The 16 Steps to Effective Youth Mentoring
Dr. Susan Weinberger, President of the Mentor Consulting Group, an acknowledged expert in the mentoring field, suggests 16 steps to ensure optimum success establishing, maintaining and evaluating a site-based mentor program. Although these steps apply directly to the setting up of a mentoring program in the USA, they can easily be adapted for any program being set up anywhere in the world. Grateful thanks are extended to her for allowing these steps to be placed on this website. The suggested steps are:
1) When establishing a mentoring program, make sure that everyone in the community involved with youth is part of the planning. The “table” should include members of the school board, superintendent, all school staff, parents, top officials in business and civic groups, union officials, parent-teacher organizations, advisory councils, churches and synagogues, and all programs in the community that are involved with youth.
2) If the program is going to take place in a school, selecting the first school to begin the program is critical. Make sure that it has an outstanding principal, a cohesive staff, and a friendly secretary. Unwilling schools should be put on a waiting list! The school board should craft a written policy on mentoring and have it approved at a public meeting. Make sure to check and see if the school district has any strict requirements to become a volunteer. Does the district have an insurance policy that covers all volunteers in a school building? Do they require a tuberculosis test to work with kids? If the program is taking a place at an alternative site in the community, ask similar questions before you begin.
3) Gather demographic and dropout statistics. Conduct focus groups, interviews, surveys, and meetings with Teachers and youth providers to determine the right grade level target audience to begin a program.
4) When recruiting mentors, do not forget those dedicated volunteers from business who are already involved in active partnership programs in their community. They should be approached first to consider becoming involved as mentors. They may be part of a school-business partnership or involved with their local Chamber of Commerce or United Way. They already know the importance of volunteering.
5) Recruit only mentors who are caring, committed, and patient. They should be good listeners who keep appointments, like kids, have an outstanding employment record and a good sense of humor. They should also be free of alcohol and drug problems. All others should not apply! Mentors can be recruited from many different sources. A few that come to mind include corporations; retirement communities or other senior citizen groups; fraternal, social, and civic organizations; church and synagogue groups; government, fire, and police agencies; institutions of higher education; health agencies; the IRS and FBI; United Way; mass media; and labor organizations.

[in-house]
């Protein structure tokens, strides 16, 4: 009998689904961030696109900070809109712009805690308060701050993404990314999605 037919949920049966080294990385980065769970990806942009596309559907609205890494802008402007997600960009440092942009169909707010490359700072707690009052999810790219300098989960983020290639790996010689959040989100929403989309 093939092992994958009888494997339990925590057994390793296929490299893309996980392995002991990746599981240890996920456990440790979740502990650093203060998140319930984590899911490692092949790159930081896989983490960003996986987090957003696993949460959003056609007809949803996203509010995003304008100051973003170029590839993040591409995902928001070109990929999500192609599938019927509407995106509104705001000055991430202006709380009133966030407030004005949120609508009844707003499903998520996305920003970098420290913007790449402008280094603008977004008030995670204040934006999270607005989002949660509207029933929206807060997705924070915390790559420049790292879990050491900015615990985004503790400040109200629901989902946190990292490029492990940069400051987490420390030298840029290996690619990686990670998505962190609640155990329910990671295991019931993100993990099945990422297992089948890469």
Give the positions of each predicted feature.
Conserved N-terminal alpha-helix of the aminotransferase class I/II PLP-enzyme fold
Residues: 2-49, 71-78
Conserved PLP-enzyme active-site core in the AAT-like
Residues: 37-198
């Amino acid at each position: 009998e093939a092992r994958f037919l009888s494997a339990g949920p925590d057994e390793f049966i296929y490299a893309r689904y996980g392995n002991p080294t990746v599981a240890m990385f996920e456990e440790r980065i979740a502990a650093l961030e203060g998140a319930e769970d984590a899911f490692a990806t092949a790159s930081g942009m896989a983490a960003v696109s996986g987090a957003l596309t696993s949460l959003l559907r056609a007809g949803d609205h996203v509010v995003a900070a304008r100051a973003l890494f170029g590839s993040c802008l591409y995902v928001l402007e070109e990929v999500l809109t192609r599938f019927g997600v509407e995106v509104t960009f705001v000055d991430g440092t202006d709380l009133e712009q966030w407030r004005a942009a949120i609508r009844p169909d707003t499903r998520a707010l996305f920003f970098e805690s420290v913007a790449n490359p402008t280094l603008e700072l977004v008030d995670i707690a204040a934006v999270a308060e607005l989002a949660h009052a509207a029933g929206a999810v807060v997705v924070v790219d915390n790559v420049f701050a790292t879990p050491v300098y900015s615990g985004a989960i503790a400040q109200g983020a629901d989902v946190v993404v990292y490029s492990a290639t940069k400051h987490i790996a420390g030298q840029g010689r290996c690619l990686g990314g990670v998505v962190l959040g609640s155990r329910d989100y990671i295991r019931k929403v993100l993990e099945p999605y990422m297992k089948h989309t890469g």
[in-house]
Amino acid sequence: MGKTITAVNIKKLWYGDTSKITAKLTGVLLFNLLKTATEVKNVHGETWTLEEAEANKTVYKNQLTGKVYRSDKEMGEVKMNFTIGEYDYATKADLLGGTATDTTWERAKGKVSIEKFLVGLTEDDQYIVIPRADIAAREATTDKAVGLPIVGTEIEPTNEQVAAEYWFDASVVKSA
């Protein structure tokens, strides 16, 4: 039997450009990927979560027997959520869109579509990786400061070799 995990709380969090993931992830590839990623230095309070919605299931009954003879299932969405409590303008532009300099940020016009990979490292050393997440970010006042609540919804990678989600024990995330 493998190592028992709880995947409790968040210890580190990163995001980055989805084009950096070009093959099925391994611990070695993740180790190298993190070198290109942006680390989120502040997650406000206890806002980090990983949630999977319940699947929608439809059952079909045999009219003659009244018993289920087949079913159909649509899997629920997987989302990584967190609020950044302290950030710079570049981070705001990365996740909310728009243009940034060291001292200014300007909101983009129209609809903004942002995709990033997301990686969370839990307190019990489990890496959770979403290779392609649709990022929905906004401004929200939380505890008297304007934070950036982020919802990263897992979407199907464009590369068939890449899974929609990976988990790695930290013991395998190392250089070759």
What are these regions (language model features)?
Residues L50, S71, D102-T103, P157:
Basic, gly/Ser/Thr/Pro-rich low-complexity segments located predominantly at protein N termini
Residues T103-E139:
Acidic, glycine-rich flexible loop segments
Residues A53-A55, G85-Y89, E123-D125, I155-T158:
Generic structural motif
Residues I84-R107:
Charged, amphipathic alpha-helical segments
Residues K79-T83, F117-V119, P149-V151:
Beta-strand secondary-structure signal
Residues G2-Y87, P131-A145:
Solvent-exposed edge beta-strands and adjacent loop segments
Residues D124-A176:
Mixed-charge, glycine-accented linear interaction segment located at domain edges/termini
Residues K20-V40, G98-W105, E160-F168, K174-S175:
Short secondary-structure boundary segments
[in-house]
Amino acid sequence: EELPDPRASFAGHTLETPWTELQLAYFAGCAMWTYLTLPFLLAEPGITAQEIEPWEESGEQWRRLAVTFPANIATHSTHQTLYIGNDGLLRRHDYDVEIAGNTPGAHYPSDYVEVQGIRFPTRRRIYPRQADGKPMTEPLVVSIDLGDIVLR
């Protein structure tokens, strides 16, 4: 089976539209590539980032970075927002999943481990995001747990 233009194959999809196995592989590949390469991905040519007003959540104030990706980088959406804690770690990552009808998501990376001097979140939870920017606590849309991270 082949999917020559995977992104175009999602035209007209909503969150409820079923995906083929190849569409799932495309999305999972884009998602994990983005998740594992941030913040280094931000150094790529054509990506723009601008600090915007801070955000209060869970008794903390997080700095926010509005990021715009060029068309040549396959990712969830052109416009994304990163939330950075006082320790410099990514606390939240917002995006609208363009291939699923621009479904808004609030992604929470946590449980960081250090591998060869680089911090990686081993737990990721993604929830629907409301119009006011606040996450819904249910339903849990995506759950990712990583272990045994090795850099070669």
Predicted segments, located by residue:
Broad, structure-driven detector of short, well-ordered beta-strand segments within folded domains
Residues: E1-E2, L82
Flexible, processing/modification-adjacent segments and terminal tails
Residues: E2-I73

6) Conduct a thorough screening on all prospective mentors. This includes criminal background checks, reference checks, personal interviews, and examination of employment history. Many school districts pay for background checks on new teachers and will include mentors in the budget. Other schools and community agencies do not have the money to cover the cost of the background checks. When this is the case, other options are available. In some communities, the chief of police works closely with the organization sponsoring the program and offers free or reduced cost for the checks. In other communities, businesses will pick up the cost for their own employee mentors. If none of these options are available to you, ask the mentors to pay for the check. It will be their only out-of-pocket cost.
7) All mentors must be trained before beginning in the program. School staff – particularly guidance counselors, psychologists and social workers – should participate in the training even if the site of the program is not the school. After all, they see and know these youth very well. Offer volunteers the skills to become good mentors, including strategies for building self-esteem in children; instruction in being a good listener; familiarity with the policies and procedures of the school district, agency or organization, including mandated reporting of abuses; strategies for each session to assist them in their role; and insight into the typical profile of the child with whom they will be working. In school-based programs, invite the superintendent of schools to address and thank the new mentors. At the end of the session, give new mentors a table tent to put on their desk that says: “I am proud to be a mentor.” It is also a great recruitment tool for new prospects.
8) Parental permission must be obtained for all minor children who enter the program. If the family speaks a language other than English, make sure the permission form is in their first language.